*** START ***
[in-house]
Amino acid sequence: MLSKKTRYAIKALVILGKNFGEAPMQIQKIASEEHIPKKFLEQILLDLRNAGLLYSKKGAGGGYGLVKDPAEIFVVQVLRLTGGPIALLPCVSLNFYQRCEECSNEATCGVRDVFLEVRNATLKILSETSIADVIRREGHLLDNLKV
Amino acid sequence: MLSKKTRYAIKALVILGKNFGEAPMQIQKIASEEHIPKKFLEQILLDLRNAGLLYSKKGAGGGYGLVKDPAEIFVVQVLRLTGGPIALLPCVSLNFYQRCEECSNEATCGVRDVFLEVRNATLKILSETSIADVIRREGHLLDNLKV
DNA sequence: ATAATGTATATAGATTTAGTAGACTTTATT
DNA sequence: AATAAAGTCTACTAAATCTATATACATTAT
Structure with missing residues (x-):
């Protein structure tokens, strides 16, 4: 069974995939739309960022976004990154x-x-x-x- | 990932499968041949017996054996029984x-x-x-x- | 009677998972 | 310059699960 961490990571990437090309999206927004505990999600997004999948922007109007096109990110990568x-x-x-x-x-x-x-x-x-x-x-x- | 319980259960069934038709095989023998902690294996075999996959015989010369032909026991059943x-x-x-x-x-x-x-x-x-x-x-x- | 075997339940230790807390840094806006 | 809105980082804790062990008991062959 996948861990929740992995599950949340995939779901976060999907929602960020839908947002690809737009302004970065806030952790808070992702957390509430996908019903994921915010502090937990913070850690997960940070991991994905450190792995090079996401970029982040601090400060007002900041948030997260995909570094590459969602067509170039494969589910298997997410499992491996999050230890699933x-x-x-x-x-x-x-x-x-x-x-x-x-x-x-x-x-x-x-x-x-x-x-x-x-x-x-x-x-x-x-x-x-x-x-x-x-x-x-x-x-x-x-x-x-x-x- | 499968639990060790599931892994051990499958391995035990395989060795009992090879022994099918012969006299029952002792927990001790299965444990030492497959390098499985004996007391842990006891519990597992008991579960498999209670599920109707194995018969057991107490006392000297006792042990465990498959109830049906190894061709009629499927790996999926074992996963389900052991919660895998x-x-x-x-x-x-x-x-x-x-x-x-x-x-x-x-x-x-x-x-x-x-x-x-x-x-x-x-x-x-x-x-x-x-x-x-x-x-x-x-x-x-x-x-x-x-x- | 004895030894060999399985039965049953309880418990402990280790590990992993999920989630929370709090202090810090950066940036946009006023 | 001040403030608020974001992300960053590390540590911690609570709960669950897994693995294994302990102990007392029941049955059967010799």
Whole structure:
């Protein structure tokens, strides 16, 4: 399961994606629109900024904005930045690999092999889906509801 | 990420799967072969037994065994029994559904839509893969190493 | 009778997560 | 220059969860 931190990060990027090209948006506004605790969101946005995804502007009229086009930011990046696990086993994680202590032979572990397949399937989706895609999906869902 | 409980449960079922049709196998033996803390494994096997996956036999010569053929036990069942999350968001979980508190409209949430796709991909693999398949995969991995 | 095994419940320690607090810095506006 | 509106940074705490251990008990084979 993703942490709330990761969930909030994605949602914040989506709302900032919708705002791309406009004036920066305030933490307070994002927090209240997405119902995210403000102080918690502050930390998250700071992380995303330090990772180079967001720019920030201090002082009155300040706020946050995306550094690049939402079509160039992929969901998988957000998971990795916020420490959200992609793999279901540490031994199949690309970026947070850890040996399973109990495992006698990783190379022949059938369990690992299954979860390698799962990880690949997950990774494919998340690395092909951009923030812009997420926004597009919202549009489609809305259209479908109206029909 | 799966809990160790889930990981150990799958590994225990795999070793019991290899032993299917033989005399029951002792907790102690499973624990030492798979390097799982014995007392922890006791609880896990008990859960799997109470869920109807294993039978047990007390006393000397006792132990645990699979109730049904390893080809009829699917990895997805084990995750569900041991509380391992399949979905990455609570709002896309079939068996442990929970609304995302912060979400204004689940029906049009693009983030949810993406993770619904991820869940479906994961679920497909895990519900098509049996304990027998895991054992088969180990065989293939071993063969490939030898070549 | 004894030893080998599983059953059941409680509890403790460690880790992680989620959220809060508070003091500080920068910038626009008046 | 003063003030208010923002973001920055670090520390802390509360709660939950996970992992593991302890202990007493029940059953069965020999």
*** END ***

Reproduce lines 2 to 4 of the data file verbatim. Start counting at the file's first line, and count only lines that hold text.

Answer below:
Amino acid sequence: MLSKKTRYAIKALVILGKNFGEAPMQIQKIASEEHIPKKFLEQILLDLRNAGLLYSKKGAGGGYGLVKDPAEIFVVQVLRLTGGPIALLPCVSLNFYQRCEECSNEATCGVRDVFLEVRNATLKILSETSIADVIRREGHLLDNLKV
Amino acid sequence: MLSKKTRYAIKALVILGKNFGEAPMQIQKIASEEHIPKKFLEQILLDLRNAGLLYSKKGAGGGYGLVKDPAEIFVVQVLRLTGGPIALLPCVSLNFYQRCEECSNEATCGVRDVFLEVRNATLKILSETSIADVIRREGHLLDNLKV
DNA sequence: ATAATGTATATAGATTTAGTAGACTTTATT